Lens review

Sigma 18-200 mm f/3.5-6.3 DC OS

Sigma 18-200 mm f/3.5-6.3 DC OS
8 January 2010
Arkadiusz Olech

1. Introduction

Originally posted 2007-08-21 on Optyczne.pl

At the beginning of 2007 Sigma announced the launch of a new 18-200 mm zoom lens with the f/3.5-6.3 changeable aperture and, what’s important, with optical image stabilization.

The decision, although in a way expected, was also risky up to a point. 18-200 mm class superzooms belong to a typically amateur equipment class. Who might be interested in them? Certainly not the users of Sony and Pentax reflex cameras (although the lens is available with that mount too) because they benefit from image stabilization in-built so they see no point in paying big amount of money for a stabilized lens. For the Four Thirds system users the Sigma at 18 mm doesn’t give an angle sufficiently wide for a universal zoom. It leaves the users of Canons and Nikons as a potential target group. The problem is that the latter have a Nikkor 18-200 mm VR f/3.5-5.6, much-praised in many reviews. If the Sigma wants to compete successfully with that device it must be as optically good as the Nikkor and cheaper in the same time; after all it lacks a silent SWM motor for a start and is a bit slower at the longer end (recently, however, a piece of information has appeared on the Japanese Sigma site announcing without much publicity the launch of an HSM version prepared specially for Nikon cameras, undoubtedly making the cooperation with D40/D40x possible). We were even more surprised when in February 2007 Sigma announced that the lens’s suggested price on our market will amount to as much as 2490 PLN so just slightly less than the Nikkor’s.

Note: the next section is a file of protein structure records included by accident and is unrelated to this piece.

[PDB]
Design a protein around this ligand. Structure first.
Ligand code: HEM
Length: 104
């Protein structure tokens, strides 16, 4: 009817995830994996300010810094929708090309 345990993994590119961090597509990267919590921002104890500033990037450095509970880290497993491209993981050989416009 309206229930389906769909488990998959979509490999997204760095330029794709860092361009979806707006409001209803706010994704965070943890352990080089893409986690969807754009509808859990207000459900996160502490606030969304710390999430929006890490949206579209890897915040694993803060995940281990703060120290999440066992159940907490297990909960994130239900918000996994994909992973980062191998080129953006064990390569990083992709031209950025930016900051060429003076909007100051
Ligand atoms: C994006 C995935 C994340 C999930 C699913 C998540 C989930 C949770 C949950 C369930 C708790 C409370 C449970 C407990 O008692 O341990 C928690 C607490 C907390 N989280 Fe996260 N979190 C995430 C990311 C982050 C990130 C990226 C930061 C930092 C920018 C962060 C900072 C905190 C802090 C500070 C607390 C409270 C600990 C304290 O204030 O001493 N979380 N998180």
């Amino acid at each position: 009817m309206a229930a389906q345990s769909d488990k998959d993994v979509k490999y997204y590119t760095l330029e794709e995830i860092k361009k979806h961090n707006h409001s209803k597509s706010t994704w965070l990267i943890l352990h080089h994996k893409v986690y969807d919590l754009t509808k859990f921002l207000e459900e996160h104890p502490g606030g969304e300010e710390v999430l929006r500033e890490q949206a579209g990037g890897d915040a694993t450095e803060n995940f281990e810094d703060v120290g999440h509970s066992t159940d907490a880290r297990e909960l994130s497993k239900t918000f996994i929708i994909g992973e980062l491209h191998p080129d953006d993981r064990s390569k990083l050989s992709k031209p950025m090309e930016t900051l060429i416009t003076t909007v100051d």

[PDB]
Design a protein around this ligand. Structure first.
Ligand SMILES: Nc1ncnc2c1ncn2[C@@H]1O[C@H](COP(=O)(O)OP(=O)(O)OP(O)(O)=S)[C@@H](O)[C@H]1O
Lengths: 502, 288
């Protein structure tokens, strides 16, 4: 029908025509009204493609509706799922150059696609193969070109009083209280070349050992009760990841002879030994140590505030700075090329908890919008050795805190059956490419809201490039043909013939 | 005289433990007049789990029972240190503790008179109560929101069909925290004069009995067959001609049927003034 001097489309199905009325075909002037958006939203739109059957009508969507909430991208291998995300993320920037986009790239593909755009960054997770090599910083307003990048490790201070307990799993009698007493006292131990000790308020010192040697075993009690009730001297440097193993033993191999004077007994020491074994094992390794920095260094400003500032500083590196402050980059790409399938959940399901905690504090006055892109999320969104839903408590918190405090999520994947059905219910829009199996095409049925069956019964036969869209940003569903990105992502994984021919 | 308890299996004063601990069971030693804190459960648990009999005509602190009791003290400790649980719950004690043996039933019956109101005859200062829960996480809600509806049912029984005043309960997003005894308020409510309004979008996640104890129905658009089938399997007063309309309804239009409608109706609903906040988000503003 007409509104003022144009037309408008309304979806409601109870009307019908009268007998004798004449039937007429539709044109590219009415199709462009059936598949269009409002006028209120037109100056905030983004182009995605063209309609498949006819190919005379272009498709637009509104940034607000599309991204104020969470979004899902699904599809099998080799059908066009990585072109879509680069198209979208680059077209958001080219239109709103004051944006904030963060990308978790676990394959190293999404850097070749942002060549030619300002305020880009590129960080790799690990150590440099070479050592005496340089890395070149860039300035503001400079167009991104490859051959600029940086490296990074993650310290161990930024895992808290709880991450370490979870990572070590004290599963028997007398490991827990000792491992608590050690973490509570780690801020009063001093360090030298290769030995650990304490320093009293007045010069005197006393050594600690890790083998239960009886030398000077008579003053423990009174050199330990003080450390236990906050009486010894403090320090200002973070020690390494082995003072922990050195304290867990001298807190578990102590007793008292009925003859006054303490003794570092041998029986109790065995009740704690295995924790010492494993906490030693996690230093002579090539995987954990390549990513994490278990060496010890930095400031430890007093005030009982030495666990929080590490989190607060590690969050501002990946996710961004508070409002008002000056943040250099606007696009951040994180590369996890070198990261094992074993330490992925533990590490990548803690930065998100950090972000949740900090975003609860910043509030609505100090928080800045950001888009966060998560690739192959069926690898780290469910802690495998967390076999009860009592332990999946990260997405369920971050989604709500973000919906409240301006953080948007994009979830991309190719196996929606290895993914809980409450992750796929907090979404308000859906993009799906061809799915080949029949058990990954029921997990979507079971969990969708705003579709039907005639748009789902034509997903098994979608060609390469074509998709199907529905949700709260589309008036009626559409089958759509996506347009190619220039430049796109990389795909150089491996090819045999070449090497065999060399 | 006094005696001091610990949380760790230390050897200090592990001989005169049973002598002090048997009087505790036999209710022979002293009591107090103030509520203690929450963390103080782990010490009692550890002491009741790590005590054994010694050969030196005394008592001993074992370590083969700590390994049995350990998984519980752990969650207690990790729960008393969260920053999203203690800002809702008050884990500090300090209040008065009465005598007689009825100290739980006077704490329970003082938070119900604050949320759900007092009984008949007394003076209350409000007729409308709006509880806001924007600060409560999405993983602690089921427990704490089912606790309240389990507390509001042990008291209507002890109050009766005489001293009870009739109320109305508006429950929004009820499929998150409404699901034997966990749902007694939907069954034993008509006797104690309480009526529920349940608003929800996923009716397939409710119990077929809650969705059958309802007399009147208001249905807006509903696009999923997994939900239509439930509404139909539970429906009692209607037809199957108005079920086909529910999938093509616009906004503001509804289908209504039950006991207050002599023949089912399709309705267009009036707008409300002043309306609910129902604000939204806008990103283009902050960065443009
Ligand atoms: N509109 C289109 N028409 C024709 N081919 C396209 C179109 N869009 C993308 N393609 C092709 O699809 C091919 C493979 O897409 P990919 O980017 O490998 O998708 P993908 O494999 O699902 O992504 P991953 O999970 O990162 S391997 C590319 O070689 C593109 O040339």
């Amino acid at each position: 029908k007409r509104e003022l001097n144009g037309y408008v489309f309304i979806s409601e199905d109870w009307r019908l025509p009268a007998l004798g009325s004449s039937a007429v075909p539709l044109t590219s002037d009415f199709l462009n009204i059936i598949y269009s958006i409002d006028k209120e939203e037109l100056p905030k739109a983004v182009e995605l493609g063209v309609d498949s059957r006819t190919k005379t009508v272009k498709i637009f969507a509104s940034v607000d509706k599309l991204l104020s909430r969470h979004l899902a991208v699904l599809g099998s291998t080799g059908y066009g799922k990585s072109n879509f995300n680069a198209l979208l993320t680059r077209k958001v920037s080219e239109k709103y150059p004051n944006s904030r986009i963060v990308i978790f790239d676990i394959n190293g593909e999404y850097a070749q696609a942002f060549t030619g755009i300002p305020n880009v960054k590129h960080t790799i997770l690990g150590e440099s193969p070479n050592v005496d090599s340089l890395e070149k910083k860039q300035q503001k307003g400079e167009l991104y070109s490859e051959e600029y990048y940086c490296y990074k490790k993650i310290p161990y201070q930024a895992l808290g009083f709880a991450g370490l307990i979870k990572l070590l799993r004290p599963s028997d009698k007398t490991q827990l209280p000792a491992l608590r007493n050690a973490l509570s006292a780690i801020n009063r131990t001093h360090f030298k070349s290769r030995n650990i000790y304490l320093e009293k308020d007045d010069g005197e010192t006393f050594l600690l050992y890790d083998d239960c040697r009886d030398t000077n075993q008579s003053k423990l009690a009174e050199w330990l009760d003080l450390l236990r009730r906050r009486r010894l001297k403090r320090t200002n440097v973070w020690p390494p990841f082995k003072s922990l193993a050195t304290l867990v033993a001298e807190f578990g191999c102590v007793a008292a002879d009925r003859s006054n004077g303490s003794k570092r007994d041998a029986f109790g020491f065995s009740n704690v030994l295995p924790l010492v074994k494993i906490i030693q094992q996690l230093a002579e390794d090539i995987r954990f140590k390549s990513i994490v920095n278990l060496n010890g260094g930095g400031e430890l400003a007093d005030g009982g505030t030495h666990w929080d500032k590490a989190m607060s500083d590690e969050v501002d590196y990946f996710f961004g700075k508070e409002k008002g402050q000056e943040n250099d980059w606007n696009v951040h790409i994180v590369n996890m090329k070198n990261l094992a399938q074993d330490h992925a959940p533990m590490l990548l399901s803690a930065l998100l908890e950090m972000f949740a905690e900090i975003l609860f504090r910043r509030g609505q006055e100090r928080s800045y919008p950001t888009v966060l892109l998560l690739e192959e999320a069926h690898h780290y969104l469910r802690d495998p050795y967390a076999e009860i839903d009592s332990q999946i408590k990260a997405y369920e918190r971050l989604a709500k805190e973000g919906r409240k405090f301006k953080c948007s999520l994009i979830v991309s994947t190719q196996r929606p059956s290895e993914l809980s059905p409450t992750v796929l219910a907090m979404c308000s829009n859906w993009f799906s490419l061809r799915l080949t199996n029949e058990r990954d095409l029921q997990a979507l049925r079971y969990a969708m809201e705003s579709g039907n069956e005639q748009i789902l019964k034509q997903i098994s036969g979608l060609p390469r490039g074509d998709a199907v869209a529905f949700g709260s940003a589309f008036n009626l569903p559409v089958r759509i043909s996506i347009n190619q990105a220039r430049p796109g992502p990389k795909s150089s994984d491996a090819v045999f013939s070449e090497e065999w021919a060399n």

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If, however, the Sigma doesn’t manage to outperform the Nikkor with its optical properties, its main target group will consist of only amateur photographers owning Canon reflex cameras. And here we run into another snag, connected with the Sigma’s autofocus, not always compatible with Canon bodies.

Just these several deliberations, quite unconnected with the tests, bode ill and could lead to a statement that the Sigma 18-200 mm won’t be a big success on the market. Such a conclusion is premature, though, because without performing serious tests we can’t assess any instrument. Courtesy of the K-Consult company we have been given a good opportunity to find out what the Sigma 18-200 mm OS is really good for.

Sigma 18-200 mm f/3.5-6.3 DC OS - Introduction

The chart presented below shows the current situation on the market. We compare 18-200 mm lenses available in shops along with their apertures, construction, weight, dimensions, filter thread sizes and prices.

AF-S DX VR 18-200 f/3.5-5.6G IF-ED

18-200 mm f/3.5-6.3 DC
18-200 mm f/3.5-6.3 DC OS
DT 18-200 mm f/3.5-6.3
AF 18-200 mm f/3.5-6.3 XR Di-II LD Asph. (IF)
f/3.5 - 6.3
f/3.5 - 6.3
f/3.5 - 6.3
f/3.5 - 6.3
16 elements
12 groups
15 elements
13 groups
18 elements
13 groups
15 elements
13 groups
15 elements
13 groups
560 g
405 g
610 g
405 g
398 g
77 x 96.5 mm
70 x 78.1 mm
100 x 79 mm
73 x 85.5 mm
83.7 x 73.8 mm
730 $
320 $
420 $
530 $
290 $

Information about our review method can be read in our article “How do we test lenses?"

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